Length: c. 53 minutes
Orchestration: 4 flutes (3rd and 4th = piccolo), 4 oboes (4th = English horn), 4 clarinets (4th = bass clarinet), 4 bassoons (4th = contrabassoon), 7 horns, 4 trumpets, 3 trombones, tuba, 4 timpani, percussion (bass drum, cymbals, triangle, tam-tam), harp, and strings
First Los Angeles Philharmonic performance: March 1, 1928, Georg Schnéevoigt conducting
Gustav Mahler came of age in the late 1880s, as the long and storied tradition of Austro-German Romanticism reached its peak. As a conductor who regularly performed the great works of that tradition, Mahler knew this past intimately and felt its weight. It can be argued, in fact, that historical self-consciousness fueled his drive to create “super-symphonies” in the same way that, for instance, Milton’s veneration of Homer, Virgil, and Dante drove the creation of the “super-epic” Paradise Lost. All of Mahler’s symphonies, then, aspire to surpassingly grandiose goals.
Like most Romantics, Mahler wrote about himself, and thus his symphonies are autobiographical in the way they explore his spiritual and emotional concerns. The early symphonies often imply the existence of what Mahler called a symphonic “hero,” a protagonist that functions like a central character. The music follows the hero’s experience as he moves through stages of life and faces the challenges that fate sets before him. Mahler’s symphonies therefore operate a bit like vast novels, with individual movements standing as interconnected stages of a bigger story. This means that movements respond directly to other movements and that melodies from one movement often continue developing in later ones, just as literary characters develop from chapter to chapter. We shouldn’t get too carried away with this “symphony as story” angle, however, because Mahler thought not in terms of plot-driven incidents but rather in generalized emotional states unfolding musically.
Mahler finished his Symphony No. 1 in March 1888, telling a friend that it “came gushing out of me like a mountain torrent!” But the process actually went back several years. In 1884, working as an assistant conductor in Kassel, Mahler fell in love with a singer there. The affair ended badly and Mahler wrote some poems about it. He then arranged four of them into a sequence and set them to music, producing Songs of a Wayfarer (1885), his first important piece. The poems in the cycle tell a story of a man who, having lost in love, wanders around until at last achieving solace in death — expressed metaphorically as falling asleep under a Linden tree. Musically the Wayfarer cycle is crucial to the First Symphony because Mahler reused two of its songs in the symphony. But it’s important literarily as well, because, in choosing to reuse these songs, Mahler left clues to the meaning of the symphony.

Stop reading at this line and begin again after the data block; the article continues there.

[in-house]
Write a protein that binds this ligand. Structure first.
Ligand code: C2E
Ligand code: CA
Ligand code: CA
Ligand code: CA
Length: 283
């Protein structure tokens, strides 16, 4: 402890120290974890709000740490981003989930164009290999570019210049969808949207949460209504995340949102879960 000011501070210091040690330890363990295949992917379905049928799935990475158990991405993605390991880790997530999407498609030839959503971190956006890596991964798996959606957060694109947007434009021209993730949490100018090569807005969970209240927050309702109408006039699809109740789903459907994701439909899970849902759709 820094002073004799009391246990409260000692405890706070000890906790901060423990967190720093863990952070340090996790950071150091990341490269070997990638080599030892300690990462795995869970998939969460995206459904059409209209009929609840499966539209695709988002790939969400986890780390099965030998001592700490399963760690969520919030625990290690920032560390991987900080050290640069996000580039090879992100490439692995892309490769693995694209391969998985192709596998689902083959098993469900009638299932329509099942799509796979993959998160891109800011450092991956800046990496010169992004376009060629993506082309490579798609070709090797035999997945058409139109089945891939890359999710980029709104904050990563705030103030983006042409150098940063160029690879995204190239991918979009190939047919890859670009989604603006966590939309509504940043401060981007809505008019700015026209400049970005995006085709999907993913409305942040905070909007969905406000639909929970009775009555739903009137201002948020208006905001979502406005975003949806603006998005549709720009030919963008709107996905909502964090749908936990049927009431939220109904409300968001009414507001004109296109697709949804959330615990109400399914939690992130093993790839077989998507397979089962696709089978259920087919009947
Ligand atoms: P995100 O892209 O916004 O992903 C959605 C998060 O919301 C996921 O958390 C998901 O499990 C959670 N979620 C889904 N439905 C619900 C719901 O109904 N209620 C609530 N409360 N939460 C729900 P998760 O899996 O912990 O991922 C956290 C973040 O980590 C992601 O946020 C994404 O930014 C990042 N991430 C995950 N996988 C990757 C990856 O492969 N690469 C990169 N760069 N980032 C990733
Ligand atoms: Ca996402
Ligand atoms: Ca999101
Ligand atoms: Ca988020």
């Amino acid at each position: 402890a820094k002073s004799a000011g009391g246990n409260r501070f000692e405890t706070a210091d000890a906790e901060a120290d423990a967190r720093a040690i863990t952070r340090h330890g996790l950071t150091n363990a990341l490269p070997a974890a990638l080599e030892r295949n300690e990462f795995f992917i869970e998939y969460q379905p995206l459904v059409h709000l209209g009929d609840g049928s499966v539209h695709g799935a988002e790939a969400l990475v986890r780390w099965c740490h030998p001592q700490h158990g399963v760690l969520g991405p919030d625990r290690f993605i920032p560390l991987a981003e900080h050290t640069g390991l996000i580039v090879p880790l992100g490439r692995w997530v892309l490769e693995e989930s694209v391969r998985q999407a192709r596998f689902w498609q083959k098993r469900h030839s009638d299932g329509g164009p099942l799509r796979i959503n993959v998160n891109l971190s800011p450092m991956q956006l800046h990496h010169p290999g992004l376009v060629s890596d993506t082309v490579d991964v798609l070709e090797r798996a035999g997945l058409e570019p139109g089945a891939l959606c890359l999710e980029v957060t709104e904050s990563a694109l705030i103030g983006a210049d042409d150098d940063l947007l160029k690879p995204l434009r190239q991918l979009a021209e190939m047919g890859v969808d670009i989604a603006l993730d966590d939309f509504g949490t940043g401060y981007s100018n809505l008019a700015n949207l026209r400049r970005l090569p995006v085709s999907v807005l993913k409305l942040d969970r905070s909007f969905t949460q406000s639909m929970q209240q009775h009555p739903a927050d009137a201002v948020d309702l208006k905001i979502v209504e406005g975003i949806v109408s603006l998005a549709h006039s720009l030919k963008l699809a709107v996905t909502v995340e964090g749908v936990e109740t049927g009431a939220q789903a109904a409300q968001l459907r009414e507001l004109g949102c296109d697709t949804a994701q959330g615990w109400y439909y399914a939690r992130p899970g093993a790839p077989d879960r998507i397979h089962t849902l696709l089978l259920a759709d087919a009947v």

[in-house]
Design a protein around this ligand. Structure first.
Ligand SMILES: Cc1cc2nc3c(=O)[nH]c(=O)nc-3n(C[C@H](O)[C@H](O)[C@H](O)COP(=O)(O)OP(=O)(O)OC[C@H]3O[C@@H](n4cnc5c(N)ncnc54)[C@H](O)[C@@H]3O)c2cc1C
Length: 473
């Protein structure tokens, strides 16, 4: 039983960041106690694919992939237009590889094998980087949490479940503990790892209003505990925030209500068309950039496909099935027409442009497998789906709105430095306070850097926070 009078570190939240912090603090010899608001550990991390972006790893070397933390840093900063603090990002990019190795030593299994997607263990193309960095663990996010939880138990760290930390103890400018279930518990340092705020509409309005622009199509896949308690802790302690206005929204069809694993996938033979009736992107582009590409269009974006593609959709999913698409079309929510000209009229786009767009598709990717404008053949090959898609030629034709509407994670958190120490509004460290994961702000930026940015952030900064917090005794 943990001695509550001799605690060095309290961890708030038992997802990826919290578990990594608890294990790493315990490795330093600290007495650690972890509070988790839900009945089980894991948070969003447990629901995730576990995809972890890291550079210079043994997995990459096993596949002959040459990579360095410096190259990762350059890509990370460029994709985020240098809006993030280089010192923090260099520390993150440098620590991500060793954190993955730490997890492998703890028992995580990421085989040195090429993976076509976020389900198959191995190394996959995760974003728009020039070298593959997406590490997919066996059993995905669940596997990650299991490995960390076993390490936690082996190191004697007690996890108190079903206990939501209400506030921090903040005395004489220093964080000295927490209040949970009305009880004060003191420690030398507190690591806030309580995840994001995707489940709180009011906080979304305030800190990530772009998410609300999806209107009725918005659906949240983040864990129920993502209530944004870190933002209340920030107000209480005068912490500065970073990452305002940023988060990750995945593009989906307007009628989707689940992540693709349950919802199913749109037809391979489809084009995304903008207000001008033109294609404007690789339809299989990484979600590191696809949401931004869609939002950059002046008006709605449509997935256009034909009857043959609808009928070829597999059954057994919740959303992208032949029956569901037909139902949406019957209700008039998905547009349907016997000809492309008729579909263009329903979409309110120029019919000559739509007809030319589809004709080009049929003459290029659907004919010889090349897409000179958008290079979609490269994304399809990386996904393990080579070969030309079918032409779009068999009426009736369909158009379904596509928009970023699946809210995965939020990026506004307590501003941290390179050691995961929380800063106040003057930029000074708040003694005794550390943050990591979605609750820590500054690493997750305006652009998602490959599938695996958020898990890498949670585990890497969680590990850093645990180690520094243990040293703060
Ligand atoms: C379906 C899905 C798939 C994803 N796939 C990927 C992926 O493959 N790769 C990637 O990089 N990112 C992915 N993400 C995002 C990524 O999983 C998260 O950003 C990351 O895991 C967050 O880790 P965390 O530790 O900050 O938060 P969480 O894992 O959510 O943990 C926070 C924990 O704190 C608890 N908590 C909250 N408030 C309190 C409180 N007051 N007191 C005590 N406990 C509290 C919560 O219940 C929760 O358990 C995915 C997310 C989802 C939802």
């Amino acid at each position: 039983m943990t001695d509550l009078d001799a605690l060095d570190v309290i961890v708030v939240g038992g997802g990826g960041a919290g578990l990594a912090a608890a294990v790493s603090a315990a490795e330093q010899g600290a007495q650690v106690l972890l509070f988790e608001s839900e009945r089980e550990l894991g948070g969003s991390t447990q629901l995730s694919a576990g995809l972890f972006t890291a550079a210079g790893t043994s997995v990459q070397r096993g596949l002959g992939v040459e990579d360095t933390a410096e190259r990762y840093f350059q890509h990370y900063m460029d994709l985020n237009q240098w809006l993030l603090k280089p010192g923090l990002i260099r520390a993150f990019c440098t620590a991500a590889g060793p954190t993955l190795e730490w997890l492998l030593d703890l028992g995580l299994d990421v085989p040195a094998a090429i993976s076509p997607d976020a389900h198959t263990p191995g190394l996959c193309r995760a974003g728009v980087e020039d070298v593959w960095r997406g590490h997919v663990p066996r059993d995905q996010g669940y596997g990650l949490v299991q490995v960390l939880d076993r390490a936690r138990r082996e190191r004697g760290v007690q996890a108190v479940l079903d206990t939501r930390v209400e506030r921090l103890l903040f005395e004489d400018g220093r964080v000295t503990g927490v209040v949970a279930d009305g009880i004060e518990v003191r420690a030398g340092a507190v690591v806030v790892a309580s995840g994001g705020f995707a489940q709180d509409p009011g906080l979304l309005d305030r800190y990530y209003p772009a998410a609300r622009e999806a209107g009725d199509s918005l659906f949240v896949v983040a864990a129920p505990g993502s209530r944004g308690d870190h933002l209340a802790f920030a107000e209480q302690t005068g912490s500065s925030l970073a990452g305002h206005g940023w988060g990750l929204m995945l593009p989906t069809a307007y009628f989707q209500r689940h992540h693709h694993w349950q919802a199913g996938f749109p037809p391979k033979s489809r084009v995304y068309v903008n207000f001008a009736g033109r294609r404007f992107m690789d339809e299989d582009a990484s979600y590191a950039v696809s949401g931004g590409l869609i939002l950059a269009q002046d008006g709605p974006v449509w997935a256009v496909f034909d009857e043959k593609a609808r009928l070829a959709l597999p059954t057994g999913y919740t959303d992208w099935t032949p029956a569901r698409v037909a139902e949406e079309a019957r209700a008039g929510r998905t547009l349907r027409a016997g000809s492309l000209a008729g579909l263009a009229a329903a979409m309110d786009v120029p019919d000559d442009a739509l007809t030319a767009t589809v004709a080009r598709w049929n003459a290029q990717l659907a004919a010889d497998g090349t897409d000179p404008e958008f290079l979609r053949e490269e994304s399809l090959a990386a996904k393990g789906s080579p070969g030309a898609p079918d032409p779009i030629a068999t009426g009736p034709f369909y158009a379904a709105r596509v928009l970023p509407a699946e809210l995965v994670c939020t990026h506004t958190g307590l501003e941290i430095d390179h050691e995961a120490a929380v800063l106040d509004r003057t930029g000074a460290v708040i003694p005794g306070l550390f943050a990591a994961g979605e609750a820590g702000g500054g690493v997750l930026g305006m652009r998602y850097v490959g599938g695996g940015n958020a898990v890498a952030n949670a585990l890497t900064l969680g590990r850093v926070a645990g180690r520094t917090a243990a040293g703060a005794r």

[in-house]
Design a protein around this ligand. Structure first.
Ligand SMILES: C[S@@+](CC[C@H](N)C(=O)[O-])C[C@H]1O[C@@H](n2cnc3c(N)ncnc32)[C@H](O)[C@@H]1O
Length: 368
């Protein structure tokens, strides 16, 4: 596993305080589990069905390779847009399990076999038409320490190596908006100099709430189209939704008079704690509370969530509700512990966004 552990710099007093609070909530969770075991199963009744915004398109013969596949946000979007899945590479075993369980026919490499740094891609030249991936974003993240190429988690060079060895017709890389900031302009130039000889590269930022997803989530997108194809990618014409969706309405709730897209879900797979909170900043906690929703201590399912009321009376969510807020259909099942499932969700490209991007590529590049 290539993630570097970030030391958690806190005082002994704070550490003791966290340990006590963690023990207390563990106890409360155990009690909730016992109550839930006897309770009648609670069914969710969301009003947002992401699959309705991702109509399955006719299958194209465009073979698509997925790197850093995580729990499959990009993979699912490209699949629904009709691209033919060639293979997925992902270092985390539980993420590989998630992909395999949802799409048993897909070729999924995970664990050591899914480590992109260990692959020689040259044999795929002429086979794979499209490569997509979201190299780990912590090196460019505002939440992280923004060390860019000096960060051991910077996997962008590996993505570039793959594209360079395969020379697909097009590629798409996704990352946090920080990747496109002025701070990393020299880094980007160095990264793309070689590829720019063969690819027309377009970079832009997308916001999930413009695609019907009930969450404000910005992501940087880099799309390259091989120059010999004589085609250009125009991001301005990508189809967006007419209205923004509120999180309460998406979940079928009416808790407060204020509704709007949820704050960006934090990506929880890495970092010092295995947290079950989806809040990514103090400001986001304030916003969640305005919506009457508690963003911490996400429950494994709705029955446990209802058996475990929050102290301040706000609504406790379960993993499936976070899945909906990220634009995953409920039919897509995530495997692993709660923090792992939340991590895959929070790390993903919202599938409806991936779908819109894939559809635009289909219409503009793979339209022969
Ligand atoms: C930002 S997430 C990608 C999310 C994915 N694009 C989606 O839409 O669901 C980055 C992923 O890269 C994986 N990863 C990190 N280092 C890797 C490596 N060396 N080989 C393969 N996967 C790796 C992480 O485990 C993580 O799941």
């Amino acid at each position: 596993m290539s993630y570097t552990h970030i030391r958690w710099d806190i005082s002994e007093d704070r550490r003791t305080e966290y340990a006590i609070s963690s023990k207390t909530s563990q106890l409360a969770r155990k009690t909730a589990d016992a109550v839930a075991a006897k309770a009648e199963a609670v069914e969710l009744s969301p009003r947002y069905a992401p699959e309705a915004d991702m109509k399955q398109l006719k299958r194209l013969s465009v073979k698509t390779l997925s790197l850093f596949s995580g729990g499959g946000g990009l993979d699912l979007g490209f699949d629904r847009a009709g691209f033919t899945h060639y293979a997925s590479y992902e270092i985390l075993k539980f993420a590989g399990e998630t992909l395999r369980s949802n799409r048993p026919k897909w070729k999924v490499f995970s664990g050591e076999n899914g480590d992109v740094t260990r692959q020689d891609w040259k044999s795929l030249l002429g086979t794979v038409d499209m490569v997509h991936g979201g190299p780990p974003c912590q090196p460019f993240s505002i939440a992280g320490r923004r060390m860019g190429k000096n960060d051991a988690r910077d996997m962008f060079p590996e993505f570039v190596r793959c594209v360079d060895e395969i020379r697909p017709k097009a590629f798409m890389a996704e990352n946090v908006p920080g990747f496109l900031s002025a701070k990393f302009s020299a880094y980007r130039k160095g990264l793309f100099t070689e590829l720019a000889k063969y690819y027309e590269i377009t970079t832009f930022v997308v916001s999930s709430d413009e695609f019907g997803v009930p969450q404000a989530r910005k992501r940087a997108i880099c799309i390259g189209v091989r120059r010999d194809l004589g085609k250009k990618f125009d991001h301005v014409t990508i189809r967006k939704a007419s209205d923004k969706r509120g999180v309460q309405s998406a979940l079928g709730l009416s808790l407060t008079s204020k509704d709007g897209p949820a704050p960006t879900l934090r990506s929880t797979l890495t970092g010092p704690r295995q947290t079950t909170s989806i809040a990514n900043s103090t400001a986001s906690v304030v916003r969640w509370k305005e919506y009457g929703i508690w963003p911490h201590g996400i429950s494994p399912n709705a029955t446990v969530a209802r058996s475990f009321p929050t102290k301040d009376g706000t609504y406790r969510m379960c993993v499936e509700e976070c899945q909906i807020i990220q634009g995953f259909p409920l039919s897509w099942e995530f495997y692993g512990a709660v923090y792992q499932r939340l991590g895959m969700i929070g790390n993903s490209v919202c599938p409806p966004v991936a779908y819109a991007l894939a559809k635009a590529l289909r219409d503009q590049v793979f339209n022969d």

Sure enough, in early performances he referred to the work as a “Symphonic Poem” or “Tone Poem,” making certain that listeners remain open to verbal explanations. For one early performance he actually wrote out a specific “program.” He named the symphony “Titan” after the novel by Jean Paul, not because it had anything to do with the novel, but because it contained similar moods of gushing youthful Romanticism. He also specified the content of each movement. Overall, Mahler’s story took shape as a sequence of experiences: the first two movements progress from youthful springtime to confident adulthood; the last two progress from death to a battle against sorrow.
Mahler intended the long introduction to the Symphony to evoke a deep winter landscape just before it thaws. The music begins mysteriously with a drone on a single pitch. The strings play harmonics — a technique that transforms the pitch into something disembodied and ghostly. Mahler later said that what he imagined here was “a shimmering and glimmering of the air.” If the effect seems familiar, it should: Beethoven began his Ninth Symphony in a similarly portentous way, and Bruckner, too, often backgrounded his themes with shimmering strings.
To match the bleakness of winter, Mahler imagined a barren music in which isolated bits poke out intermittently from the emptiness. The bits include a sluggish, drooping melody and a hunting call. To reflect a sense of awakening, the first hunting calls sound hollow and distant, while the later ones get closer and warmer. As it unfolds the introduction quivers with expectation and, at the end — right on time — we hear a cuckoo bird heralding the arrival of spring.
The exposition of the first movement begins with music that Mahler described as “Spring and no end.” The music is an instrumental version of the second Wayfarer song. The opening lines of Mahler’s poem go as follows: